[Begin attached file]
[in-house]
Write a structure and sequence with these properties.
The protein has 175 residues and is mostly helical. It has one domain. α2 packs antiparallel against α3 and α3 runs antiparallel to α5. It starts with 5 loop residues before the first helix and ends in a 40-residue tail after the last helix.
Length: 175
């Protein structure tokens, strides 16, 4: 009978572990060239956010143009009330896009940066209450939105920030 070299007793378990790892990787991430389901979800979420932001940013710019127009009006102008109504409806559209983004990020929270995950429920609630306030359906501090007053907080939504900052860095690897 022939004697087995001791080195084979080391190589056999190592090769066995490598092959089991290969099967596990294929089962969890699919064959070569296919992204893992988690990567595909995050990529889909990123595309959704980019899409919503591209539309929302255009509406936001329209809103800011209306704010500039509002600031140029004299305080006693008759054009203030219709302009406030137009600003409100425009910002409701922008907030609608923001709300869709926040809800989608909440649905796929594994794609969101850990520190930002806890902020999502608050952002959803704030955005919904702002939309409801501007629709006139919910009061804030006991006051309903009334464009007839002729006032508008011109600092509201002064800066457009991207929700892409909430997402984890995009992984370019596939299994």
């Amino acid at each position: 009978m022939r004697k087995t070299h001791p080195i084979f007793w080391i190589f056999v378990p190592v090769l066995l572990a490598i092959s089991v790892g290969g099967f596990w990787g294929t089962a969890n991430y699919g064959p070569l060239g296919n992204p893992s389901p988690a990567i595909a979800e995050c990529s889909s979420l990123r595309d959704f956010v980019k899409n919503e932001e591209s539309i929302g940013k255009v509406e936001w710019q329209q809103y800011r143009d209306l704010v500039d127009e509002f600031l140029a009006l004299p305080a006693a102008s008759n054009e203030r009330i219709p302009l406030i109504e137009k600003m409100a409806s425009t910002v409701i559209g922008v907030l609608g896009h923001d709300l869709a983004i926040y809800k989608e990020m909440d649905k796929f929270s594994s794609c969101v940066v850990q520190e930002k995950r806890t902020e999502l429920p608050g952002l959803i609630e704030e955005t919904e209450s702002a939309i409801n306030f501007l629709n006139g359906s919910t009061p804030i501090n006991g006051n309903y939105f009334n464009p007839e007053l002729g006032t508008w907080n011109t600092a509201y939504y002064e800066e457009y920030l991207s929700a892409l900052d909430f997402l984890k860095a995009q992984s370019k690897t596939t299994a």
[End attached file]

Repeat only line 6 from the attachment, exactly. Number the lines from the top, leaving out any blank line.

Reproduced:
């Amino acid at each position: 009978m022939r004697k087995t070299h001791p080195i084979f007793w080391i190589f056999v378990p190592v090769l066995l572990a490598i092959s089991v790892g290969g099967f596990w990787g294929t089962a969890n991430y699919g064959p070569l060239g296919n992204p893992s389901p988690a990567i595909a979800e995050c990529s889909s979420l990123r595309d959704f956010v980019k899409n919503e932001e591209s539309i929302g940013k255009v509406e936001w710019q329209q809103y800011r143009d209306l704010v500039d127009e509002f600031l140029a009006l004299p305080a006693a102008s008759n054009e203030r009330i219709p302009l406030i109504e137009k600003m409100a409806s425009t910002v409701i559209g922008v907030l609608g896009h923001d709300l869709a983004i926040y809800k989608e990020m909440d649905k796929f929270s594994s794609c969101v940066v850990q520190e930002k995950r806890t902020e999502l429920p608050g952002l959803i609630e704030e955005t919904e209450s702002a939309i409801n306030f501007l629709n006139g359906s919910t009061p804030i501090n006991g006051n309903y939105f009334n464009p007839e007053l002729g006032t508008w907080n011109t600092a509201y939504y002064e800066e457009y920030l991207s929700a892409l900052d909430f997402l984890k860095a995009q992984s370019k690897t596939t299994a």